Answer: Yes, but in the same breath, no, not really. We're only human after all, and as such, we each have different ways of coping with loss, regardless of our background, our education, or our status in life. I remember when the late, great, Robin Williams died in 2014, I myself had a tough time coming to terms with his demise, largely due to the controversy which surrounded it.
As you might have guessed, eventually I came to the realization that Robin was, shock-horror, human like the rest of us, possessing the same human foil balls most of us cope with on a daily basis. Through this, I also found out that, as a human -- yes, I know it sounds funny when I put it in those terms -- Robin was both more than what I initially thought he was, and less than what I initially thought he was, at the same time, simultaneously, while coping with a mental illness that finally got the better of him. So not only was he a father, a son, and a student of human nature, but he was also a lonely boy who grew up to become a master comedian filtered through an actor's manic lens.
I hope it goes without saying that I do mean this with all due respect, no offence intended, as I wouldn't want to disrespect Robin, his family, or anyone else associated with his legacy. I suppose what I'm trying to say here, more or less, is that my own confusion surrounding his death mainly stemmed from me, as a fan, looking up to him as if he were a God, or a master in his chosen field of entertainment. That's what bothered me the most, me, my reaction as a fan, pining for someone I thought I knew yet didn't, and couldn't, because he was no longer with us.
Come to think of it, on the whole 2016 also hit me pretty hard as well. To start the year off, in January we all said goodbye to the musician: David Bowie; the actor: Alan Rickman; as well as the boxer: Muhammad Ali. Then in February we heard the tragic news that Cool Hand Luke's George Kennedy had died in his sleep, which was quickly followed by the passing of Harper Lee, who wrote the novel, 'To Kill a Mockingbird'. March and April didn't lighten the mood either, because in March, the Beatles producer George Martin left this mortal coil, and a week or so later, the comedian Garry Shandling suddenly died of a heart attack. And as for April, April saw Prince pass away, regrettably due to certain medical issues with his medication. In August we all heard about Gene Wilder finally succumbing to complications with Alzheimer’s disease, where as Kenny Baker, best known for playing R2 D2 in the Star Wars films, faded away after a long and drawn out illness. And finally, to end the year with a bang, Robert Vaughn lost his battle with acute leukemia in November, and in December, George Michael died of a heart attack on Christmas Day, with Carrie Fisher and her mother Debbie Reynolds suffering a similar fate a few days later.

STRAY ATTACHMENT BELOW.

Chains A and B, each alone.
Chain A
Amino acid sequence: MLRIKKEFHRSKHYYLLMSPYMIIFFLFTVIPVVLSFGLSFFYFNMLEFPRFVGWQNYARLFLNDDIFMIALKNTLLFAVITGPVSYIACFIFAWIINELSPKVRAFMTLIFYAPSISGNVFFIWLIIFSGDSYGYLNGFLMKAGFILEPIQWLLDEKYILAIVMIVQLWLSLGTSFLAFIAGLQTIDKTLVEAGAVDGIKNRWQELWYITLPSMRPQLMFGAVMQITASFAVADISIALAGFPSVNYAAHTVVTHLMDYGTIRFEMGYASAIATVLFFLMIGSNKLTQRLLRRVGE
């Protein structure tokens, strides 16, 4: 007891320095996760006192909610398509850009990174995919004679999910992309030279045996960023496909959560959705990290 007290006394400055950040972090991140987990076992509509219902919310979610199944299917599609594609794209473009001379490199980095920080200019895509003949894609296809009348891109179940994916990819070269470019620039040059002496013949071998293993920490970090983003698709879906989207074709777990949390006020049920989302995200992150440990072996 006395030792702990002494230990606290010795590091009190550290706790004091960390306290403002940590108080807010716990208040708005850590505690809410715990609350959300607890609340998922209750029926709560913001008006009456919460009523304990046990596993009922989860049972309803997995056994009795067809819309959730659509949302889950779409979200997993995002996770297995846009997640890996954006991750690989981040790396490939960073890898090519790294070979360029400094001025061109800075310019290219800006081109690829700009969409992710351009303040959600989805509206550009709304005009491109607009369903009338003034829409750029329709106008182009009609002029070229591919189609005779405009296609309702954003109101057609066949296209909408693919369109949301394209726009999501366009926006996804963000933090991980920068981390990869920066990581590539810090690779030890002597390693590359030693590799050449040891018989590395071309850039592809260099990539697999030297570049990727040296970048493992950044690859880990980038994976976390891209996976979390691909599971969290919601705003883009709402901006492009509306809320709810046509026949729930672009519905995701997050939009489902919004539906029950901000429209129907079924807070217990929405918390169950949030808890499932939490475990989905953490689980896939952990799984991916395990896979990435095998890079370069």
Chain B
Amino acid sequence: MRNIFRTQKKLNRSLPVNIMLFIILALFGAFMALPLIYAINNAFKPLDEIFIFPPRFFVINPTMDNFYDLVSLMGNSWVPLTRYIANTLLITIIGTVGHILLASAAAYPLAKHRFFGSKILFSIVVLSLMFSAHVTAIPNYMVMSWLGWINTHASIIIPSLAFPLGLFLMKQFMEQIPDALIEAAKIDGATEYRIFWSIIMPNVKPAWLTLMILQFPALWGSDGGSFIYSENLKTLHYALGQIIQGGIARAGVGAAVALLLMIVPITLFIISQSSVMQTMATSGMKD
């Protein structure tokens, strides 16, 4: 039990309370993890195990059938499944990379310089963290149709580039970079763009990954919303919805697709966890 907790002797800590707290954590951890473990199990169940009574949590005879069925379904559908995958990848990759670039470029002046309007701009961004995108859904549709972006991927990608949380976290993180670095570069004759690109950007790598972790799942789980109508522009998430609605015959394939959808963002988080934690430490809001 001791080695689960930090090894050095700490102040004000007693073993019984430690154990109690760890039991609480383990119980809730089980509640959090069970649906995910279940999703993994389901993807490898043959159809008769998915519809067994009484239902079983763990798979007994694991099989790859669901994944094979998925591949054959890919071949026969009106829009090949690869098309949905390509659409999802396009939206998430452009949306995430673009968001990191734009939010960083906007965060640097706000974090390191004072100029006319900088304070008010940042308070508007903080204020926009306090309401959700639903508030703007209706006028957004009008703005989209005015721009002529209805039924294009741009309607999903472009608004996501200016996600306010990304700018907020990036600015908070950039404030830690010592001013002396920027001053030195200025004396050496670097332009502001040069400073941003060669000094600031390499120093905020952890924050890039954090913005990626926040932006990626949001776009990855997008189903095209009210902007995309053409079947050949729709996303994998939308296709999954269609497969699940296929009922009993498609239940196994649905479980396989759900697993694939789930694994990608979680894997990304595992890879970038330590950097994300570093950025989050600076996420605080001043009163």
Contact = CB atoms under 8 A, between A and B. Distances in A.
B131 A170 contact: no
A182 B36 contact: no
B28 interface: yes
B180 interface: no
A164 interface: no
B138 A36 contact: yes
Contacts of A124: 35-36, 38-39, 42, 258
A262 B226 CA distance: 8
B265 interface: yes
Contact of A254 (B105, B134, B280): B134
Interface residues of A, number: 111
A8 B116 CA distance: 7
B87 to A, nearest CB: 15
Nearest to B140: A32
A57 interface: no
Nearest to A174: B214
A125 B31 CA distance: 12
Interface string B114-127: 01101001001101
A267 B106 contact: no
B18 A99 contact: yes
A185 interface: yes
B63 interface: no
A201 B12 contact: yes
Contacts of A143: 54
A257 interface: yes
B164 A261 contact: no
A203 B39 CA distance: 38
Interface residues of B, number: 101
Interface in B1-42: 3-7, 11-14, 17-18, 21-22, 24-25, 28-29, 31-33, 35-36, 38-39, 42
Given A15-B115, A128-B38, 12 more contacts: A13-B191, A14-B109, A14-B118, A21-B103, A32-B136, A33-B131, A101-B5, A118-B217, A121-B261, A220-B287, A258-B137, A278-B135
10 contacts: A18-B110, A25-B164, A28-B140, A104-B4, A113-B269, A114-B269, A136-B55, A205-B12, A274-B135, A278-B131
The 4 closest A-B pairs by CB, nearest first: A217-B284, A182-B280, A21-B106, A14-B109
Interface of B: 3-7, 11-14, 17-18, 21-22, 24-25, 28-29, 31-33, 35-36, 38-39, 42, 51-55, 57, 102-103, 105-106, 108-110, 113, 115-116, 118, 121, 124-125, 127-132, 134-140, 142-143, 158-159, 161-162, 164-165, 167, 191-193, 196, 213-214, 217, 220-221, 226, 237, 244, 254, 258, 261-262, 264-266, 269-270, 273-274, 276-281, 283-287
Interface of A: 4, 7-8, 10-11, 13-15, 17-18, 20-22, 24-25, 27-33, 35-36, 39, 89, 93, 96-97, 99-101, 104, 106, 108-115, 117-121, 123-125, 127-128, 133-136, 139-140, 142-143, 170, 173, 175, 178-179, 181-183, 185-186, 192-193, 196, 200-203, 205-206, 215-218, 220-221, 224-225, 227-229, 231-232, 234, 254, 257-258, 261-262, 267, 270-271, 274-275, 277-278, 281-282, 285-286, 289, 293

Well, I suppose if I can manage to calm myself down a bit, the second part of that rather long-winded question is pretty simple to answer. There are a lot more celebrities nowadays than their have ever been in the past, celebrities which range from actors, stand-up comics, TV Stars, and musicians, to name but a few. While in answer to the first part of that rather long-winded question, I'm afraid to say that there is no answer. Those are the rules stated by the nature of life, and we, as individual members of the human race, have no other choice but to each find our own way with expressing our personal grief.
That said, however, quite recently I've noticed that other people, myself included, come to terms with a celebrity's death by playing their songs, watching their films, or sending a message of condolence to those they've left behind. And personally speaking, I feel that this is a more positive way of going about it. Show your love for someone's work and openly express how they made you feel. Don't shy away from watching or hearing their wares because they are no longer with us. With all due respect, I'm sure they wouldn't like that, as they'd rather someone appreciate the work they've left behind them. Wouldn't you? I know I would.
More importantly than that, though, try to learn from their lives and take heed from their past actions, be it either in a negative or positive context. Life lessons will never go out of fashion, and in around about way it is the only constructive thing we can take away from the by product of life, namely, death.
Love, light, and peace, my friends. You will be missed and never forgotten.